Dialogue is an important method of international and diplomatic relations. However, Al-Bashir is only interested in getting rid of US sanctions in order to consolidate his autocratic regime.

He is not prepared to take any tangible measures to stop the ongoing genocide and gross violations of human rights that his regime has been perpetrating in Darfur and other states. How can a genocidal dictator remain in power and lead his people into a meaningful democratic transition when he himself has fractured Sudan?

The UN Security Council has issued nearly 20 resolutions on Sudan under Chapter 7 of the UN Charter, but Al-Bashir has dishonoured them all. His real intention is to mislead the world, bide his time and continue his old bloody tactics.

In March and April this year, Al-Bashir rejected calls for a national dialogue with his fellow citizens and, instead, imposed rigged single-candidate and single-party elections that were denounced by a majority of the Sudanese people and some key members of the international community.

The ongoing genocide in Darfur, the Nuba Mountains and the Blue Nile, as well as the gross violations of human rights across Sudan, should shock the US and the world into action. Al-Bashir should not be allowed to exploit the current focus on the Iran nuclear deal and other world flashpoints.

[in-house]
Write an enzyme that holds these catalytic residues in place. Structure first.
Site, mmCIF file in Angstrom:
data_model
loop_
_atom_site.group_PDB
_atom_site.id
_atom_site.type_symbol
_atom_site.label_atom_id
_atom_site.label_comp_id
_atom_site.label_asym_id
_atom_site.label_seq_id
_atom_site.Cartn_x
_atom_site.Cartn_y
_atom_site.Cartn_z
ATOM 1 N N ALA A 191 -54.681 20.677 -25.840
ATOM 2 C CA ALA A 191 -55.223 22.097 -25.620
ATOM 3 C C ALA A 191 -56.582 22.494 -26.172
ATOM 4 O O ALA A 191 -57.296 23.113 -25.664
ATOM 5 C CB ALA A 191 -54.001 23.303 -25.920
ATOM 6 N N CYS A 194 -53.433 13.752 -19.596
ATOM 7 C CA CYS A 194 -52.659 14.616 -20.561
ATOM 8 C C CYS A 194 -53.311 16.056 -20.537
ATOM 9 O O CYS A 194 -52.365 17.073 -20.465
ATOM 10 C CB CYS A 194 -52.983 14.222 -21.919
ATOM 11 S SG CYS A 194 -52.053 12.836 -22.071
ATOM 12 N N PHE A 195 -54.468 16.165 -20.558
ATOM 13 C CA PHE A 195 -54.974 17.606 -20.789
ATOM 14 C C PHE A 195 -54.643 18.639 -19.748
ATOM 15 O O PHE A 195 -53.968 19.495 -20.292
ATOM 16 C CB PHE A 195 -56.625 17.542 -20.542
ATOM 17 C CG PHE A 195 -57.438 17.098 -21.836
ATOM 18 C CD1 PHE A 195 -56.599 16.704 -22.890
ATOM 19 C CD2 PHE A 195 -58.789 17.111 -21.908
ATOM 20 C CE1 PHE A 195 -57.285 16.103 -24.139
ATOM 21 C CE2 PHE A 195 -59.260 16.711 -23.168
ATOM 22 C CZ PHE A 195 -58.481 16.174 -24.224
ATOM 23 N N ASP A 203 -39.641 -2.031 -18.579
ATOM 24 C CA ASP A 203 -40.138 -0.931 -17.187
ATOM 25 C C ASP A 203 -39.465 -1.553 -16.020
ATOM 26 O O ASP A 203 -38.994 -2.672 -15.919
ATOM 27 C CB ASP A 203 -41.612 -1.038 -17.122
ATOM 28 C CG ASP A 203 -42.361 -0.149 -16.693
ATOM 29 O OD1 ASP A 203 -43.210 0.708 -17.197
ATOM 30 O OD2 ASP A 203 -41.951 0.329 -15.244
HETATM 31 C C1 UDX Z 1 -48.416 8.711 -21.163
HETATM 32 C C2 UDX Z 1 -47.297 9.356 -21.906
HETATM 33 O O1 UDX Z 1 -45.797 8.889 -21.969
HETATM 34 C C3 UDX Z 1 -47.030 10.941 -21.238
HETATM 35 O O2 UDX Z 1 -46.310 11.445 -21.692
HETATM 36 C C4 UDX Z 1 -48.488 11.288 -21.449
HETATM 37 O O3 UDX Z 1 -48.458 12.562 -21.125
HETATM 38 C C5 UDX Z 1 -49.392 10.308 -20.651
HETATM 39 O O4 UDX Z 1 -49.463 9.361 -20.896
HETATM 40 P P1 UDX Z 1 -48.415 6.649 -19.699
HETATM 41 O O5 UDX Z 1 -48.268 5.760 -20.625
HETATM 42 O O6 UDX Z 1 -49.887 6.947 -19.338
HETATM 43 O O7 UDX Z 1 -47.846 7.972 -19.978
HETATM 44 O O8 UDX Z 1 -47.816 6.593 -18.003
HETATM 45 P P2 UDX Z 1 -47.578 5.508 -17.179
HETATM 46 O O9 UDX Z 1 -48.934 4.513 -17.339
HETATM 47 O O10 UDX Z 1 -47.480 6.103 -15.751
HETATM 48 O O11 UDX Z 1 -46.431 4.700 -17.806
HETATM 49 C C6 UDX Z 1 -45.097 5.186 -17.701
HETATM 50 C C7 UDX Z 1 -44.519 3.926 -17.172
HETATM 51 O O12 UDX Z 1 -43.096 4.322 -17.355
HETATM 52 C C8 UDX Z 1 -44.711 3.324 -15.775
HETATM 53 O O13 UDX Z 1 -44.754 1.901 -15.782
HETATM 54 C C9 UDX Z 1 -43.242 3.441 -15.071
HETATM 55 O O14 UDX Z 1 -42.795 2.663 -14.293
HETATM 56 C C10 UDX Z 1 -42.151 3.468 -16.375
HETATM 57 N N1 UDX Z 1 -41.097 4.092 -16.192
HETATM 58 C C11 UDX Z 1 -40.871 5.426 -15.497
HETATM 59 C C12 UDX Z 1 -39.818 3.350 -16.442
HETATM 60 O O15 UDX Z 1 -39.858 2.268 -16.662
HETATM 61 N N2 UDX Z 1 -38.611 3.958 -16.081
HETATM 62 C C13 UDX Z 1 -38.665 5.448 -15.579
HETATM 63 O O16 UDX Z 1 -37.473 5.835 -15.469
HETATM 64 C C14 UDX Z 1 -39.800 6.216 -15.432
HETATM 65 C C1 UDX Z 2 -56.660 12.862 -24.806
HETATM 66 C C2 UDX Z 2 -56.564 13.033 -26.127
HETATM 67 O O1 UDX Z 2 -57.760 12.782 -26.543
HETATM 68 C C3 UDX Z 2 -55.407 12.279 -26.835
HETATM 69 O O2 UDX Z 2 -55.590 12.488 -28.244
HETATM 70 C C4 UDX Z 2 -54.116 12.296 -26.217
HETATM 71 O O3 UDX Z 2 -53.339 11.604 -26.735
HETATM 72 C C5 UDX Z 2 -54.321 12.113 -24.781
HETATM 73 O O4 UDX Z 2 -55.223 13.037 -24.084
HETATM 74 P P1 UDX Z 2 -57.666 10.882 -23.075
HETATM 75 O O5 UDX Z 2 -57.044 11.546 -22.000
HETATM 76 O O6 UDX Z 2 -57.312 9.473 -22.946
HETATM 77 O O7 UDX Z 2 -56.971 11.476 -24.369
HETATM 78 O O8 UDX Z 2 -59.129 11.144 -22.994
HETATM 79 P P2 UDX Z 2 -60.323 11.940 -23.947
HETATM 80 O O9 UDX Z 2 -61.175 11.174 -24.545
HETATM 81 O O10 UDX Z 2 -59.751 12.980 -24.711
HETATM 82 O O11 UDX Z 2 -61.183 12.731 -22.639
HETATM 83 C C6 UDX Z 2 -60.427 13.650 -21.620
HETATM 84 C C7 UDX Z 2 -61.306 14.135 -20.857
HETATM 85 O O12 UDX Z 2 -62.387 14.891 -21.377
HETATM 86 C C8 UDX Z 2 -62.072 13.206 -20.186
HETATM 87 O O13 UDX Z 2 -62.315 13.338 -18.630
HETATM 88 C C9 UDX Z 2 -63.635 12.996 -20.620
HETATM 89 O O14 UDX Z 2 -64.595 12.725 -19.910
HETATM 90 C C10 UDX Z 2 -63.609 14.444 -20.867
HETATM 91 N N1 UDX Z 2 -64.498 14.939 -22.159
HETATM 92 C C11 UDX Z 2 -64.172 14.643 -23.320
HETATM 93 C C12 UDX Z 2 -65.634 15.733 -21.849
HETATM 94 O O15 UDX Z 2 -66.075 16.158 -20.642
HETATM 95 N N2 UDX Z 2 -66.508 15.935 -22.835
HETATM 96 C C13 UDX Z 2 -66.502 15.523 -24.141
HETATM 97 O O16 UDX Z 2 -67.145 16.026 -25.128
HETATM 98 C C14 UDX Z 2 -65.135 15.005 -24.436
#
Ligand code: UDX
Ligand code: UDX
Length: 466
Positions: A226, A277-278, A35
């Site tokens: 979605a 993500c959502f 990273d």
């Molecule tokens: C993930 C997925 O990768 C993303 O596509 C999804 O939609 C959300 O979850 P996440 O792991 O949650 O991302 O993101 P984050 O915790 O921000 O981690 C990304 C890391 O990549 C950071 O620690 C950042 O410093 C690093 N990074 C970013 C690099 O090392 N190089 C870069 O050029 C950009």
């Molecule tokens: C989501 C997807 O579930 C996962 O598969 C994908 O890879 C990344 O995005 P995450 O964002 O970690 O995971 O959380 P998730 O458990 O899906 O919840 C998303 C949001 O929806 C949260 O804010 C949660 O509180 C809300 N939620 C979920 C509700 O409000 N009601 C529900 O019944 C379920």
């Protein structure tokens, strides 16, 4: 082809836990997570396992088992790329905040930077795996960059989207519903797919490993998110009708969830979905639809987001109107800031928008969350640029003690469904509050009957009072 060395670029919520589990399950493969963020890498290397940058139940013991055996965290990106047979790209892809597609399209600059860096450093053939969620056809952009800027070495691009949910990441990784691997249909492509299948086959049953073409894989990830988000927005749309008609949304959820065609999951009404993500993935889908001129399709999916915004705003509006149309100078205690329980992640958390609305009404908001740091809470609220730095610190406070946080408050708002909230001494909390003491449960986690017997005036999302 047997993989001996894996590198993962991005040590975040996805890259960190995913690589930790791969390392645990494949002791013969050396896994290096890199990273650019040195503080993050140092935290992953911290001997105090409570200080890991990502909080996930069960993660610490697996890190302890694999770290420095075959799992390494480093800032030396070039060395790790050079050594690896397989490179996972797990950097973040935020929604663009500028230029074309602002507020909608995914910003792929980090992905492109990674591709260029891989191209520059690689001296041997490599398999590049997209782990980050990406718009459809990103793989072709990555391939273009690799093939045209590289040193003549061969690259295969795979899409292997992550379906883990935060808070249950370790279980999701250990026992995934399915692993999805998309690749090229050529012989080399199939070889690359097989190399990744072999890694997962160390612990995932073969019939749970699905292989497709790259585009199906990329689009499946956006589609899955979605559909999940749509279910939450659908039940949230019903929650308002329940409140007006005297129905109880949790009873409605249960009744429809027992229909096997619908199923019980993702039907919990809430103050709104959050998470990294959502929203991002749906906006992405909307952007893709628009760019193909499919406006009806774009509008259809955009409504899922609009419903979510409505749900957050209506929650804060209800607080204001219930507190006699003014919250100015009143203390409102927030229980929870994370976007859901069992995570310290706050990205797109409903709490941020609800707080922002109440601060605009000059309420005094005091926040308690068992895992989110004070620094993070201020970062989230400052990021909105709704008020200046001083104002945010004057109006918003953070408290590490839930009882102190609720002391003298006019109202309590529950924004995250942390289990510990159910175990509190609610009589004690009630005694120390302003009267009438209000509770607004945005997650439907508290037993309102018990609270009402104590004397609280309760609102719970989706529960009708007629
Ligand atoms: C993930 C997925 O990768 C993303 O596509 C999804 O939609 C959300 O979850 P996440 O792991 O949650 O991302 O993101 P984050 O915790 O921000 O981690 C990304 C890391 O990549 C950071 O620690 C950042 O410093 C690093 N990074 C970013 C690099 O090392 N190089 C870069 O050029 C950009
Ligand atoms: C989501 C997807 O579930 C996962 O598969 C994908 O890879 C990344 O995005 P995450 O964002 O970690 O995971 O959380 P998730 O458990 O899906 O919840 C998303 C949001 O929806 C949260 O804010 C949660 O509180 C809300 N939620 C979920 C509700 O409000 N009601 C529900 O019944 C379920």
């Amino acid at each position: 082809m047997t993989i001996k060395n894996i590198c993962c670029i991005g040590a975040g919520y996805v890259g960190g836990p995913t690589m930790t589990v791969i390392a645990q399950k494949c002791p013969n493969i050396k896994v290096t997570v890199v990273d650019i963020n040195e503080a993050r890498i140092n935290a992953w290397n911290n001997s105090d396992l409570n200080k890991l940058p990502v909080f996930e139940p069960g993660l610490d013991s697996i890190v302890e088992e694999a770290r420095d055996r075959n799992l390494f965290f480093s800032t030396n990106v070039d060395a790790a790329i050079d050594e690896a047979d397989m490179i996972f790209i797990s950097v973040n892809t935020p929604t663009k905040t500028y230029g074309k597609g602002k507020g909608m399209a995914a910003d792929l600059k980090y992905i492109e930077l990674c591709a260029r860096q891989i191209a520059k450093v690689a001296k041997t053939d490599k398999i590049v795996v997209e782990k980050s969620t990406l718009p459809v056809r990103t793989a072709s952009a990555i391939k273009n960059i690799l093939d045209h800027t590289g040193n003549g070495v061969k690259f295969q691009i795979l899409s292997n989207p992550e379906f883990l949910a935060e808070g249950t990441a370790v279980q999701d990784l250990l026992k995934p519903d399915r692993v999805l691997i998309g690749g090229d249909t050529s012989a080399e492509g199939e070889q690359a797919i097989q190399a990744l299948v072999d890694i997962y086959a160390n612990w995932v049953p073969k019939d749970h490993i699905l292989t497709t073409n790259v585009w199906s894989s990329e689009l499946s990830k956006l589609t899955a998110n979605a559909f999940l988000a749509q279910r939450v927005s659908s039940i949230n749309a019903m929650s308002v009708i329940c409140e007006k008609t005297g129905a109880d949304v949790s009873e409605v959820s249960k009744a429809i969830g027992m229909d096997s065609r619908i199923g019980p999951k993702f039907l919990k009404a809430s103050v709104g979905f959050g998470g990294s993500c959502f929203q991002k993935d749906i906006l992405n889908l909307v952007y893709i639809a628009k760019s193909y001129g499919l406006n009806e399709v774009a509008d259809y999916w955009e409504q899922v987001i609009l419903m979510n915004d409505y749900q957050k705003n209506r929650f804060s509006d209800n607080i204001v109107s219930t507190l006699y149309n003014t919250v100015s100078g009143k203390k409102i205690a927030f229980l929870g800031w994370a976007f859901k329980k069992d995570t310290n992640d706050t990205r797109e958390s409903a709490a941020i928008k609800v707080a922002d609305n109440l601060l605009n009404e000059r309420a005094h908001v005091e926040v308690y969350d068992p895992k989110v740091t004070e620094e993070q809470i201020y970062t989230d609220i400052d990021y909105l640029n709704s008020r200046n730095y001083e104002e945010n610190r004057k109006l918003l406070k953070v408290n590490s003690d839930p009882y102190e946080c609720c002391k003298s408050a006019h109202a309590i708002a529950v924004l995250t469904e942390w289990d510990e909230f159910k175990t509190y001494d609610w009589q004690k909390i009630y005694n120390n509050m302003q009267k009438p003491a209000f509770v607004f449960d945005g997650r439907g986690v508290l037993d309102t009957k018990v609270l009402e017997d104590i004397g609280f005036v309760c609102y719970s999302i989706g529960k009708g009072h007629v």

The US should send a clear message to Al-Bashir that it cannot and will not ignore the suffering of millions of innocent civilians who have been subjected to his genocidal campaigns.

It is imperative that the US and its partners set a clear road map with specific benchmarks that apply punitive measures, including targeted sanctions, to stop the genocide, realise an inclusive peace and facilitate a political transition in Sudan. It should be clear to Al-Bashir that there can be no normalisation as long as the ongoing genocide and tyranny continues.

Obama can still fulfill his long-overdue promise to stop this genocide of the 21st century. Since his administration considers the prevention of genocide and other mass atrocities to be a core American national security interest he should not be held back by narrowly defined national interests.

If there is the will to do so, stopping the horror in Sudan can still be part of Obama’s foreign policy legacy. It is not too late for Obama to fix his Sudan policy.

The writer is a visiting fellow at Cornell University’s Institute for African Development in the US and a research fellow at the Department of Public Policy and Administration at the American University in Cairo.